I’m always torn. The guy — it’s always a guy — is on the corner panhandling. The question is: To give, or not to give? To say something, or say nothing?
I think of the old Beatles song “Eleanor Rigby”:
“All the lonely people / Where do they all come from?
“All the lonely people / Where do they all belong?”
Friends who have dedicated their lives to helping out warn me not to give money. Hand them a little card with directions to the local Catholic Charities. Or a nearby soup kitchen. Or even a gift certificate for a fast food joint. Not money. Money goes to booze or dope.
But advanced preparation is not one of my virtues. When I encounter a panhandler, all I usually have is a wallet with a few bucks. If I don’t give anything, I feel like I’m kicking a Scripture mandate out of the car.
Recent example: I’m three cars behind at a light with four in back. I notice up ahead that one of the boys is at the corner. I go for the wallet, but he is bent over wrestling with something in his beat-up kit bag. The light turns green just as he looks up. We make brief eye contact, but I have to go before the horns in back of me start to blast. Definition of instantaneous.
I considered circling back to take care of him. But you know how it is — places to go, people to see. I make the excuse to myself that I shouldn’t give money, like my friends tell me. But it doesn’t help much, and I still feel guilty. So it goes.
It’s time I tell you something. A little over four years ago I took a health sabbatical from this space for a couple of months. The docs found a tumor on my larynx. They had to take out the entire larynx.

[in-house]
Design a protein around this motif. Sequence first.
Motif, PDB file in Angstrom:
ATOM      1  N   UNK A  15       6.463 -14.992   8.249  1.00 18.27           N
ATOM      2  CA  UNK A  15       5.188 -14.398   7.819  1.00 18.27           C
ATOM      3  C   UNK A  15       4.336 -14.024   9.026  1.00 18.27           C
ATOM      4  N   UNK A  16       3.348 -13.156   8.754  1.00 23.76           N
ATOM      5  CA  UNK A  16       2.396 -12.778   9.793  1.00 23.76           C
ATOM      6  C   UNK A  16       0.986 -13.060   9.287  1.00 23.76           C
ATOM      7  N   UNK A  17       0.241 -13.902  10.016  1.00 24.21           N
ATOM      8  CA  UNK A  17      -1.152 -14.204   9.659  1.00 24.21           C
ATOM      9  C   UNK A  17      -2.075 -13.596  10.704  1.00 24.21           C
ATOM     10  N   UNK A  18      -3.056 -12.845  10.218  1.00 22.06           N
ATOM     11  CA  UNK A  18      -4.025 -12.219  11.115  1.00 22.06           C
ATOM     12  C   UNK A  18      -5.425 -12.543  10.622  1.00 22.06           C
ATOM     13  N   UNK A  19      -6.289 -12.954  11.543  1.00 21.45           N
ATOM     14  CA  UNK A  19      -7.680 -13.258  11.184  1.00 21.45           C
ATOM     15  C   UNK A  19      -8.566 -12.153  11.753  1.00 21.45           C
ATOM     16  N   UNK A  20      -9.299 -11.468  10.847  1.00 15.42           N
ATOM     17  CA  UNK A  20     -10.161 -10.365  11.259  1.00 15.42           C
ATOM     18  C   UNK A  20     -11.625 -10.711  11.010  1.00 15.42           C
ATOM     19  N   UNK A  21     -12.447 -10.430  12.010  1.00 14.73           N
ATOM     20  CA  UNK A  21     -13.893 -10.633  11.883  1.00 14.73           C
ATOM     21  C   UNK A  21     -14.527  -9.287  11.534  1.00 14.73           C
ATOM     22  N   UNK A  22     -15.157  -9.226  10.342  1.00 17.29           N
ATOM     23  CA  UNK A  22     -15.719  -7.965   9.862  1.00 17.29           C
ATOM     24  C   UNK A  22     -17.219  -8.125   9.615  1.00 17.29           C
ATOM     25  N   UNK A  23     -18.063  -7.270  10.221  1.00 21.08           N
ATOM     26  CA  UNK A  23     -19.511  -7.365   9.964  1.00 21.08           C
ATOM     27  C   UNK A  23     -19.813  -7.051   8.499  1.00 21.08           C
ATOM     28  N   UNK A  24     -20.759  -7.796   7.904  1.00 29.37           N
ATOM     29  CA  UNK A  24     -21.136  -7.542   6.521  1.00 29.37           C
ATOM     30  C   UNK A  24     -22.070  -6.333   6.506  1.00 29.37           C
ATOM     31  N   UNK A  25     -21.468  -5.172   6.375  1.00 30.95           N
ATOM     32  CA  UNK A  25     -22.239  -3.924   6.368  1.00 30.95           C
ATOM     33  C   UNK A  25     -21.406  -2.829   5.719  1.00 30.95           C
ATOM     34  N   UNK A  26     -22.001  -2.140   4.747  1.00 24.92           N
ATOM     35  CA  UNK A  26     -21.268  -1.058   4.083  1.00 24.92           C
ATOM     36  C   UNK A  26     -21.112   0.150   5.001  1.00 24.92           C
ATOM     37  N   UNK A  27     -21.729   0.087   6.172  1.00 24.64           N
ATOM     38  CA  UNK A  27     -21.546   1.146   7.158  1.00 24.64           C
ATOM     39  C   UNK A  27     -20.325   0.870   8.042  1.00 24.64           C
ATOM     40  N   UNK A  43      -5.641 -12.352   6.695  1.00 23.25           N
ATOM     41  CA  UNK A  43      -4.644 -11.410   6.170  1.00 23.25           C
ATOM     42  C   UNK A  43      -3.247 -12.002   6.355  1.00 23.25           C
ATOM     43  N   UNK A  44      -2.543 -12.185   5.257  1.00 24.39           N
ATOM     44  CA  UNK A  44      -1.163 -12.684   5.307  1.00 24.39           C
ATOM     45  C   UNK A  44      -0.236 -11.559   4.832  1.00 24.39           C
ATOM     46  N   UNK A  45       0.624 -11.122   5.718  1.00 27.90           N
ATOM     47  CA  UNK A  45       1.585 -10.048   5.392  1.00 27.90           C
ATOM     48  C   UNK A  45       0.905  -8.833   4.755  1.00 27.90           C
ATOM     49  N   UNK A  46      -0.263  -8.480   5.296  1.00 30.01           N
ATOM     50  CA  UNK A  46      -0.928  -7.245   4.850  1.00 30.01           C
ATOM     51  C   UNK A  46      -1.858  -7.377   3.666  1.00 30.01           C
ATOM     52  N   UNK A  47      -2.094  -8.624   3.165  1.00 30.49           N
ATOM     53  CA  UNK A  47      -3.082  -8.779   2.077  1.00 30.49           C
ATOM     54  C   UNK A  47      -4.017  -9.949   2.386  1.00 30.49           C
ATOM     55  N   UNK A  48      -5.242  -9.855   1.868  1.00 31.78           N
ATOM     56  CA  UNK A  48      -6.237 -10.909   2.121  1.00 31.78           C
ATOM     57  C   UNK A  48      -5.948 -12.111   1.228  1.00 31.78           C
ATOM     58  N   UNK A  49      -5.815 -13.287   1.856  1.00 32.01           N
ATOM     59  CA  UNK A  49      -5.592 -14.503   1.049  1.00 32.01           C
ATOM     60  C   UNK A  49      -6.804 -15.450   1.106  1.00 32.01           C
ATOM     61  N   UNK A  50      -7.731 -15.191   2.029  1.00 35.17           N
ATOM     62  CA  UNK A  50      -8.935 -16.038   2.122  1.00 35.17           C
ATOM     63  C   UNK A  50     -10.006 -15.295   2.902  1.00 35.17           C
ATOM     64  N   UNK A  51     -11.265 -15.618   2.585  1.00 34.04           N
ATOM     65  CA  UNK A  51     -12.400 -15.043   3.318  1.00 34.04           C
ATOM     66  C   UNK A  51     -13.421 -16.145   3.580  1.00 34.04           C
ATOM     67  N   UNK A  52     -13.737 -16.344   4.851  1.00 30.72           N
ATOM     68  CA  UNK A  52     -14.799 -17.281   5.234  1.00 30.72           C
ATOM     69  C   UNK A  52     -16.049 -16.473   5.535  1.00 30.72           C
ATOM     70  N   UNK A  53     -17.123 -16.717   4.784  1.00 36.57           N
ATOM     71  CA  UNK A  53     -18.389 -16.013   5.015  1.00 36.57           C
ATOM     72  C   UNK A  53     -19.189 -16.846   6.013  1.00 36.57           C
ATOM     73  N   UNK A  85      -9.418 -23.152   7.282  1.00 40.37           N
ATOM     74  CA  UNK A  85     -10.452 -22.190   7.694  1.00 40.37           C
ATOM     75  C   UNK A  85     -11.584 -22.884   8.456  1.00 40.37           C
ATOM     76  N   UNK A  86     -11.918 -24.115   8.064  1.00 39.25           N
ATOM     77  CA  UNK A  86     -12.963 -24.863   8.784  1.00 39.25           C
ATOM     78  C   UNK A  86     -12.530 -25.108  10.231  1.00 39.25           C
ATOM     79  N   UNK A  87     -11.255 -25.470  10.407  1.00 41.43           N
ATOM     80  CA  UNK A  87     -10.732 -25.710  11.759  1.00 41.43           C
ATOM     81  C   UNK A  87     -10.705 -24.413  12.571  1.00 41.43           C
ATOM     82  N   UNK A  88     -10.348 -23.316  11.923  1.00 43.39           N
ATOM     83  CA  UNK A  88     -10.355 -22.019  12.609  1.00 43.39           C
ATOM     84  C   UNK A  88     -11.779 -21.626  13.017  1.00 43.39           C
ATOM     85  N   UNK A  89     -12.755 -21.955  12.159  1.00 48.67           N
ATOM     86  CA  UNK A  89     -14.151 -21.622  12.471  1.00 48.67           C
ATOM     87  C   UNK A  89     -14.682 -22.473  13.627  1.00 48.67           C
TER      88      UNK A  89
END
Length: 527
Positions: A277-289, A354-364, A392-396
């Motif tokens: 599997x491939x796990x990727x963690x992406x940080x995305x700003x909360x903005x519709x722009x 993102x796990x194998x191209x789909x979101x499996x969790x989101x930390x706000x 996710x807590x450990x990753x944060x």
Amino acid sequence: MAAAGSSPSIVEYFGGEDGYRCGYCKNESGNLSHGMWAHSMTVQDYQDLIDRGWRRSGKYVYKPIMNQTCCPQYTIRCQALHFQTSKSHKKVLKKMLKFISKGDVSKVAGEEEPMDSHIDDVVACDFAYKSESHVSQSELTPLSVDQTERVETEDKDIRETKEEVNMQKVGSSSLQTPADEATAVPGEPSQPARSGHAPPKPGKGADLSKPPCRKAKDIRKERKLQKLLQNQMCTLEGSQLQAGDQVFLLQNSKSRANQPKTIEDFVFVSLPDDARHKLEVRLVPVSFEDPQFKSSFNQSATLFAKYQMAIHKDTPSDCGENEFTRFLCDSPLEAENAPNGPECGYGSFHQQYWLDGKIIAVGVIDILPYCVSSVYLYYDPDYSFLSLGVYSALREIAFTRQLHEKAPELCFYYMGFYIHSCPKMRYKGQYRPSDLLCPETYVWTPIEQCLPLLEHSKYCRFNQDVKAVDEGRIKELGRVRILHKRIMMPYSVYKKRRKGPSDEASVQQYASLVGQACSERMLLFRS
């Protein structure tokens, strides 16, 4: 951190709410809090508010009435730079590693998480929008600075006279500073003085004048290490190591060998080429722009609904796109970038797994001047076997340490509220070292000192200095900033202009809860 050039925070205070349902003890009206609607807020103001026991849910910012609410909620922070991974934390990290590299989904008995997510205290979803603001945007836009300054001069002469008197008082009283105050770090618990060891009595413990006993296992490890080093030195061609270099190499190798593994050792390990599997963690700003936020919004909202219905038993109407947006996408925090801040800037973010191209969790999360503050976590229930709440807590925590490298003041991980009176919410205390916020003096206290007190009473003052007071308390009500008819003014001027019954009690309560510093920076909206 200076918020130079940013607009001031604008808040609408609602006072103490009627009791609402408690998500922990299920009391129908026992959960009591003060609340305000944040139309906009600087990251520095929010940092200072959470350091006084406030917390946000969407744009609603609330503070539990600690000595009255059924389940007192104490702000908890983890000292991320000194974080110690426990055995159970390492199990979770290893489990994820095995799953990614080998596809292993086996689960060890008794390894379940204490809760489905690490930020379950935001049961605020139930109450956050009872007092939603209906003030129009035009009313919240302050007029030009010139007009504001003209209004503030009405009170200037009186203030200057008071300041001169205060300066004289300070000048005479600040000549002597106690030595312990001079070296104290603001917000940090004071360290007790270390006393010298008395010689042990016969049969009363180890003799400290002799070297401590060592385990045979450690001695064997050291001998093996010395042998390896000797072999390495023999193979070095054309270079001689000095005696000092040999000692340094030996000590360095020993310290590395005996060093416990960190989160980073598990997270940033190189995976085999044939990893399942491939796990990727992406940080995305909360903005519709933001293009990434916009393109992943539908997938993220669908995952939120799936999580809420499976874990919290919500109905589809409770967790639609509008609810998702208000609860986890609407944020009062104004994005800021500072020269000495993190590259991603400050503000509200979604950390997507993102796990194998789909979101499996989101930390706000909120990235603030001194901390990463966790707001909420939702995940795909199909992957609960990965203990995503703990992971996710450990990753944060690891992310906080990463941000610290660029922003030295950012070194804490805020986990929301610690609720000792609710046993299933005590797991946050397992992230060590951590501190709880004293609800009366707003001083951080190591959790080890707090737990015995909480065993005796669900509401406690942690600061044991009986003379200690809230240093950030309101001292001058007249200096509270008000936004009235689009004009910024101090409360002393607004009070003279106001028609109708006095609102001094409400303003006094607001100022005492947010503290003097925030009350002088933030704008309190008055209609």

The result? Still around. But I’ve got a nearly quarter-sized hole in my throat for all the world to see.
Now, don’t get me wrong. I couldn’t be less self-conscious about it. I have discovered, however, that nobody knows what to say to a guy with a hole in his throat. So they say nothing. The only exceptions are people who have a loved one that went through something similar. They’ll ask how I’m doing. Offer prayers. But most don’t say a thing.
People are good. So very good. They smile broadly, talk sweet, and pretend that a big hole in my throat doesn’t exist. If I pointed it out to explain, they would probably look surprised and say they hadn’t noticed.
Their eyes give them away. They keep going to it, but they are so considerate, not wanting to say or do anything that could somehow hurt my feelings.
I want to tell them not to worry. But I don’t want to embarrass them or make them uncomfortable. So we all keep quiet about it, ignoring that 500-pound gorilla at the bar.
I was driving to Muncie, Indiana, of all places. It was just a day after my missed encounter with the panhandler at the traffic light.
As I pulled off the exit I stopped at the cross traffic to make a left turn. A panhandler was standing there, and I thought of my missed chance. I couldn’t let this one go by as well.
I gave him the wiggle-waggle with my hand, the universal sign that it was OK for him to come over. I got out my wallet and rolled down the window.
And he took one look at me and shouted: “Holy &#!$! You’ve got a hole in your throat!”
He reached through the window with both arms, leaned in and gave me a big hug. “I love you, brother,” he said. “Thanks,” I managed.
He started to pull away. He wasn’t going to let me give him anything.
But then he did. And I did. With a not very sincere, silent apology to my friends.
People are good. So very good. Especially the lonely ones.
Robert P. Lockwood writes from Indiana.